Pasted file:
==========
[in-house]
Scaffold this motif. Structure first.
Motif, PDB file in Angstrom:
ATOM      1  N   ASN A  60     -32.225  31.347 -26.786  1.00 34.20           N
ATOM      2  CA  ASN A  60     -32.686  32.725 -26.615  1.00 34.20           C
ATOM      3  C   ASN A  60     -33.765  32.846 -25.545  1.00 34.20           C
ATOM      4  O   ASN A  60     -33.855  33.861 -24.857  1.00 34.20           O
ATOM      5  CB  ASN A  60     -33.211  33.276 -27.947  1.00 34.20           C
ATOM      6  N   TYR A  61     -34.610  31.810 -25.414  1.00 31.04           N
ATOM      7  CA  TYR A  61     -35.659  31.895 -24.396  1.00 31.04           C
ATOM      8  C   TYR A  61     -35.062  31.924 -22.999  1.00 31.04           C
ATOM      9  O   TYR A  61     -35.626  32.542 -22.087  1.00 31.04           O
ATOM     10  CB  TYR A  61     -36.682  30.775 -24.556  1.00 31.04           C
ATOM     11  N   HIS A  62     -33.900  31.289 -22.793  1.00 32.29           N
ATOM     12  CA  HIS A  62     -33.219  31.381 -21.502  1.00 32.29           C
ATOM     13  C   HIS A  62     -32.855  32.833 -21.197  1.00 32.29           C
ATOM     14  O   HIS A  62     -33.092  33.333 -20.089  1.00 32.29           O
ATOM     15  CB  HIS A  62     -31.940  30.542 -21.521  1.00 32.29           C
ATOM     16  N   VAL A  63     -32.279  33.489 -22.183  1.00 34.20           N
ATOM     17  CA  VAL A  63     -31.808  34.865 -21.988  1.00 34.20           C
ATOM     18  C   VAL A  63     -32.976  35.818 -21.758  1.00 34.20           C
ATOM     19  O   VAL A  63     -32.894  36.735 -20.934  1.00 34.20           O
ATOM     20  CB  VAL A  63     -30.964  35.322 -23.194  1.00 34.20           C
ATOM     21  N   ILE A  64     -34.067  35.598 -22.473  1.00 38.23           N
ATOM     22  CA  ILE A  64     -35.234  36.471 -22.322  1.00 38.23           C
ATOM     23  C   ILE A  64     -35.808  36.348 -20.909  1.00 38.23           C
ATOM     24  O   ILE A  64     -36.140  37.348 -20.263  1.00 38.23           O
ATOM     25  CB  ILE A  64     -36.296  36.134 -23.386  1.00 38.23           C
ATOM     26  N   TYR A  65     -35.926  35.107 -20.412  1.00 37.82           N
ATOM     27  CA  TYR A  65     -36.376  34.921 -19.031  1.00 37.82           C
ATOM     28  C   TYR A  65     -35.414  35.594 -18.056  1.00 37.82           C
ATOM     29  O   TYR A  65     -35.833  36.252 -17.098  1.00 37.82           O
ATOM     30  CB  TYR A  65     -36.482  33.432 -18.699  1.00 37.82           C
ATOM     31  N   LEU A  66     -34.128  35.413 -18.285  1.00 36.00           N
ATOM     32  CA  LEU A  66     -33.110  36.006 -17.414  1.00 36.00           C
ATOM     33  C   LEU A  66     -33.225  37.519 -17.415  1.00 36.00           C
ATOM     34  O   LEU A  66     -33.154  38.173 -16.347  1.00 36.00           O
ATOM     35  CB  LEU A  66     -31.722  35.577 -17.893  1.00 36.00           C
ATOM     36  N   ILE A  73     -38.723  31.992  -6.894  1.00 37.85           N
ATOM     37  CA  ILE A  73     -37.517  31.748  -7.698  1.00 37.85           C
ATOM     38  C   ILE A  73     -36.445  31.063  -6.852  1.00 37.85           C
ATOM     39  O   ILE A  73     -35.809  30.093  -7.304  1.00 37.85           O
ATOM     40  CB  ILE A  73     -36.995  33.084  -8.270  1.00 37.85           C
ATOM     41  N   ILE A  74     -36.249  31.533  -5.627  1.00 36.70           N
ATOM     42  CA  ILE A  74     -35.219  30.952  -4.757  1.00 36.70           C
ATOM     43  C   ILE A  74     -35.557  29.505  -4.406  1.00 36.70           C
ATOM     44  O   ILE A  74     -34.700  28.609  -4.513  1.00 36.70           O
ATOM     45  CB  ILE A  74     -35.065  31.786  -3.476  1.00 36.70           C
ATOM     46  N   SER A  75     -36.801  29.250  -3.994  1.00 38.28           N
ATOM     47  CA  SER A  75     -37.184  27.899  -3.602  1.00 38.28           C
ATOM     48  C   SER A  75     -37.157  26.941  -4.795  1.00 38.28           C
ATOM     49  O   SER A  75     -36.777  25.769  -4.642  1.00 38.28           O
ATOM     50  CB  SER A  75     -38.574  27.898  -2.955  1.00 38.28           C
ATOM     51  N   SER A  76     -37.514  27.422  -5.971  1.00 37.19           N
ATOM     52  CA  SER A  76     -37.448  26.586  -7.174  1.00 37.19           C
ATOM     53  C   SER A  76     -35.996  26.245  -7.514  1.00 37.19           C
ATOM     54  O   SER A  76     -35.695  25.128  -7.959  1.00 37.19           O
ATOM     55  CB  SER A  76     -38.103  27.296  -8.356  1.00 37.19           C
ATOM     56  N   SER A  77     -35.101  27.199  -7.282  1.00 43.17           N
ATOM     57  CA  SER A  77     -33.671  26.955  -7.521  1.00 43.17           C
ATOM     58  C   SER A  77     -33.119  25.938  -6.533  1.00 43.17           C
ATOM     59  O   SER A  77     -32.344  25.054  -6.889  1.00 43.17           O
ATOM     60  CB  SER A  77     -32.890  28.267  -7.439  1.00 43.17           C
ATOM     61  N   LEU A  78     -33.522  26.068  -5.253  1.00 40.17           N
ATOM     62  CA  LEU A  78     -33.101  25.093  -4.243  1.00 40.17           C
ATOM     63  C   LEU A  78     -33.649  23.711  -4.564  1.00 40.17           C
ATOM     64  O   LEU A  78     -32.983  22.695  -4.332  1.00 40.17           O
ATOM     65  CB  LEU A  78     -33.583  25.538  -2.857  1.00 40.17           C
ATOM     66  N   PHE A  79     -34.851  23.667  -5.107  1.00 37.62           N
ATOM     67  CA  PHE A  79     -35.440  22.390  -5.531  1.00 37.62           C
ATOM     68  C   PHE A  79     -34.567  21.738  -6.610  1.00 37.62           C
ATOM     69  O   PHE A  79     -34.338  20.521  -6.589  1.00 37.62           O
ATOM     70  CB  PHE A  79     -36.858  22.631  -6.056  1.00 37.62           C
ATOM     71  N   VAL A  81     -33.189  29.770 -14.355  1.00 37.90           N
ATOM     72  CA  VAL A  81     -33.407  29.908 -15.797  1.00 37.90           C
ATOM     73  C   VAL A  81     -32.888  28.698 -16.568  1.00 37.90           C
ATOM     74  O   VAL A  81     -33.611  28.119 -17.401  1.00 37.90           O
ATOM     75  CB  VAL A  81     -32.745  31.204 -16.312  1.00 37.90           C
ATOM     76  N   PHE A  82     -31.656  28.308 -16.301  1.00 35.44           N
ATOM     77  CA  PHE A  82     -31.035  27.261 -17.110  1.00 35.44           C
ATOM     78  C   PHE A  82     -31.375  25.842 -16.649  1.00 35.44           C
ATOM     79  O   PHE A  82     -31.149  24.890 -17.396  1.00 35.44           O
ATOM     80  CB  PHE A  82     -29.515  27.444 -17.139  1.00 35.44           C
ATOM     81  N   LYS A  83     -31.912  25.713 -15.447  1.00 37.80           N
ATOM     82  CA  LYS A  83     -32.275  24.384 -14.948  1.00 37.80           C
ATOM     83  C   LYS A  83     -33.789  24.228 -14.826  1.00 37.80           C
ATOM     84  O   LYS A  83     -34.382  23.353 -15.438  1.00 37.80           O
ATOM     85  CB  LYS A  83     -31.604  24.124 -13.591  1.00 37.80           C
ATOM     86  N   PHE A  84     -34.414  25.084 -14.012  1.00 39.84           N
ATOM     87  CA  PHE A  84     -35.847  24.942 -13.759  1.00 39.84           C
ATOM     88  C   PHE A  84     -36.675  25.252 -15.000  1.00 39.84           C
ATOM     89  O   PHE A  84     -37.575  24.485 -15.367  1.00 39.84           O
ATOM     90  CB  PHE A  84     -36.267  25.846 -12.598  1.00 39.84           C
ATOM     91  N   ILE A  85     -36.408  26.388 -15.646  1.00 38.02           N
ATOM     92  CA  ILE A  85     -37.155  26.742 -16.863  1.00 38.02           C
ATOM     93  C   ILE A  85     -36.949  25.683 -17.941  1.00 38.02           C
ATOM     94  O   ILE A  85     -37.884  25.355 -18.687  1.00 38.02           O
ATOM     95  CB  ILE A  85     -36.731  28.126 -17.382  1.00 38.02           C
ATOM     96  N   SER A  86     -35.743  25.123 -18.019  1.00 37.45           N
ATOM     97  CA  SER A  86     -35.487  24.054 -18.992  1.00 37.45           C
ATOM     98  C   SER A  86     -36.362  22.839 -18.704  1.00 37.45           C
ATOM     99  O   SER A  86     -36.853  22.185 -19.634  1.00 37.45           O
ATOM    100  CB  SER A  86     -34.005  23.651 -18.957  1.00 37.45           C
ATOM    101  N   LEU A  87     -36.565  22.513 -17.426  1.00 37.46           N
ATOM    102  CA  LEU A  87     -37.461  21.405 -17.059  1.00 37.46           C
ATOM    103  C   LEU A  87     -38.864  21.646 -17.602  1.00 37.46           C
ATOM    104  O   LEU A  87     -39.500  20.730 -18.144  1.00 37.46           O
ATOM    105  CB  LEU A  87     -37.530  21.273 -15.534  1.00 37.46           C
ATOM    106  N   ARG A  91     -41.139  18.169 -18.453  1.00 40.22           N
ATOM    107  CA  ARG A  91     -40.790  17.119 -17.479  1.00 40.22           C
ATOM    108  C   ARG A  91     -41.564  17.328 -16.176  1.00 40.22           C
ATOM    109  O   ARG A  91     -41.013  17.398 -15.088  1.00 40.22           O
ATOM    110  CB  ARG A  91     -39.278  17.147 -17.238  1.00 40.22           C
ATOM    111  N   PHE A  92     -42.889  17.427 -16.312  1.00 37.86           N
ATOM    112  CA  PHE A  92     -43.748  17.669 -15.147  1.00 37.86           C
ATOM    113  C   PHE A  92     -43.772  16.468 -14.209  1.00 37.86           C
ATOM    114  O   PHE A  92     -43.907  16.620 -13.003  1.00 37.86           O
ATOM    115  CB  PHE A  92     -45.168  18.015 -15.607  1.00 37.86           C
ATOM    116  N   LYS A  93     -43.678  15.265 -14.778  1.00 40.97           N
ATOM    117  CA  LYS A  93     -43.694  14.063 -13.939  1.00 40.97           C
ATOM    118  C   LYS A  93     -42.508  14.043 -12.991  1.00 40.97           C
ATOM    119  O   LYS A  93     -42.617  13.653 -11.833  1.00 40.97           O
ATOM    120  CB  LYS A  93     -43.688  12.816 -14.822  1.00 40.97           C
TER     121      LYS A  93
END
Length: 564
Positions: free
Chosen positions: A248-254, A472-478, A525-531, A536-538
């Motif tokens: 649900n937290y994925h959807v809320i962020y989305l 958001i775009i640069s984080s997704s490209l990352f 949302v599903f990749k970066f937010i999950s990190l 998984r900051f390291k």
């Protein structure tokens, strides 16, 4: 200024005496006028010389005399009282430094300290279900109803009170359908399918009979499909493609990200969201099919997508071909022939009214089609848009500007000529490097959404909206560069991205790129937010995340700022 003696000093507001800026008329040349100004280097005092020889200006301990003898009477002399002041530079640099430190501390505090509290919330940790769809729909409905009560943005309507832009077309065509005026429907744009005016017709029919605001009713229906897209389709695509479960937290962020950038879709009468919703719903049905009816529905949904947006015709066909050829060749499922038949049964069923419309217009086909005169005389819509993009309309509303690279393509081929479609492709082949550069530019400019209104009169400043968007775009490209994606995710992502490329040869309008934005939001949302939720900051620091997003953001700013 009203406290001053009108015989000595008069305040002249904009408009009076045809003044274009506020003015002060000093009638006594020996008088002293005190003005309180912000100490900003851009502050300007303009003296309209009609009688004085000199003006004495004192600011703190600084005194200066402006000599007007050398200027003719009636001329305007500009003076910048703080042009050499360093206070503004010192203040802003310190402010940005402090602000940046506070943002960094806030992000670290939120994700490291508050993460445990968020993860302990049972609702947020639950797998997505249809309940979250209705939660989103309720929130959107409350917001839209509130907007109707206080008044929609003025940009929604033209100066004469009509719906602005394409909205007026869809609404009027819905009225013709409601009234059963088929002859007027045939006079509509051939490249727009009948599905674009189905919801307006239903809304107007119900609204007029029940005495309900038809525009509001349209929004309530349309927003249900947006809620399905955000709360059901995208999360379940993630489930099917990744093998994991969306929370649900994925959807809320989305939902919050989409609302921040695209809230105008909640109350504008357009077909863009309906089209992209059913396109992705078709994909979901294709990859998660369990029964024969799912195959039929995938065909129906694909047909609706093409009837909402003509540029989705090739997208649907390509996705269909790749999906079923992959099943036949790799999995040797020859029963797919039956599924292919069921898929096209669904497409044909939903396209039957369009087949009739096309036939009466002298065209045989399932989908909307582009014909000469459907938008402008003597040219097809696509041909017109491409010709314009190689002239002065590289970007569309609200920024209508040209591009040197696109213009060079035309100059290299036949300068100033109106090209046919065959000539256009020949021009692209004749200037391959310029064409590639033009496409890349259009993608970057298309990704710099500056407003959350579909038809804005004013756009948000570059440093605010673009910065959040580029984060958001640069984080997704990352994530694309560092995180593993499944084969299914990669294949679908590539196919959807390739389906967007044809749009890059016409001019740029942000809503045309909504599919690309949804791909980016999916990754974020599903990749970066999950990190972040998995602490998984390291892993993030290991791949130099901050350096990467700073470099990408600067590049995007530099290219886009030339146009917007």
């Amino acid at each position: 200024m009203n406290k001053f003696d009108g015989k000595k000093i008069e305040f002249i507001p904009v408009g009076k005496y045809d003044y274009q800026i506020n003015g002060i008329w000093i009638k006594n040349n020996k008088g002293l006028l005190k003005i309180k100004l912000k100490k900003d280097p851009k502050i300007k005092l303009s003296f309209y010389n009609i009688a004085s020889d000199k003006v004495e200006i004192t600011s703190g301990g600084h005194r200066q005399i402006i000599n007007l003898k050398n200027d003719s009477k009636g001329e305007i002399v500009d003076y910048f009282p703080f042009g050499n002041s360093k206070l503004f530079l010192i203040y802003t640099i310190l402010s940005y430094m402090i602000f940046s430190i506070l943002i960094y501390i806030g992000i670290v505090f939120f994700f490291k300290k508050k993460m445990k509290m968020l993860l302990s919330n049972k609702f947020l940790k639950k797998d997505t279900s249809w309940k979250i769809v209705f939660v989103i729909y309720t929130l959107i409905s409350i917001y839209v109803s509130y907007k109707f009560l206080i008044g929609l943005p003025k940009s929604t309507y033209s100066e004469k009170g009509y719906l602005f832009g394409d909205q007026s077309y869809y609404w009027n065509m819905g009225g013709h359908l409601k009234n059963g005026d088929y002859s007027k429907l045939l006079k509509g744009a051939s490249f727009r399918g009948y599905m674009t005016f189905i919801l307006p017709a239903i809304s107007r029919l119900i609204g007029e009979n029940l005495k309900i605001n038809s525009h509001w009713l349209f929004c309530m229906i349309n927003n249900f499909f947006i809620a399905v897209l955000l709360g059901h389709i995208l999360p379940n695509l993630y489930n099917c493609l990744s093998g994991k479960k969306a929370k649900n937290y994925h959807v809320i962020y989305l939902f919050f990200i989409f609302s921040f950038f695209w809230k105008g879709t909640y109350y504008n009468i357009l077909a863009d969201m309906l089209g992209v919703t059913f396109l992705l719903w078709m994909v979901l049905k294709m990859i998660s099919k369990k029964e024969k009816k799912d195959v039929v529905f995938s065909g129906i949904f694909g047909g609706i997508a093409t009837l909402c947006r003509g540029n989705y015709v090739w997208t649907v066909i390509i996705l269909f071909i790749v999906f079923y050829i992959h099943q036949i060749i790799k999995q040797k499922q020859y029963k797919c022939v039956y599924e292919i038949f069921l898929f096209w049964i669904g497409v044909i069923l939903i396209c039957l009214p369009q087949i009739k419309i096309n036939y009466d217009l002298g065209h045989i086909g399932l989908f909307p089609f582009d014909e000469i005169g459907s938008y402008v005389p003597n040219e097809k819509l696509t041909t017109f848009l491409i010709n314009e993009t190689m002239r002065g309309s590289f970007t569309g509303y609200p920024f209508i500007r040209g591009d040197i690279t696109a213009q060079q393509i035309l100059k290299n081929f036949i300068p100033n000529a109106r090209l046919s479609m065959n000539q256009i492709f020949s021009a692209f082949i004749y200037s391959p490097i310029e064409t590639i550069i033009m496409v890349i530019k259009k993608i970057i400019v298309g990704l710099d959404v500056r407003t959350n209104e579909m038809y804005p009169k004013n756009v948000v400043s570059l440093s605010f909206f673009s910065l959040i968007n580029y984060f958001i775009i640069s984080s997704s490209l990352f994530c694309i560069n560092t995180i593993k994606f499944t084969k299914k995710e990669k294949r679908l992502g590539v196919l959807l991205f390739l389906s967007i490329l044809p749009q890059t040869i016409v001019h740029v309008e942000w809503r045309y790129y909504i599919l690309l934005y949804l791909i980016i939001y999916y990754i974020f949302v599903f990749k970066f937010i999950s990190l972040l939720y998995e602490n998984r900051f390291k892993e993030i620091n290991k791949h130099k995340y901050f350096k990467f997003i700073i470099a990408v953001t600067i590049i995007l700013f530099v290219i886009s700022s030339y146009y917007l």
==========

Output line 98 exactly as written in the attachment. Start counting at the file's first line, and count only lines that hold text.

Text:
ATOM     95  CB  ILE A  85     -36.731  28.126 -17.382  1.00 38.02           C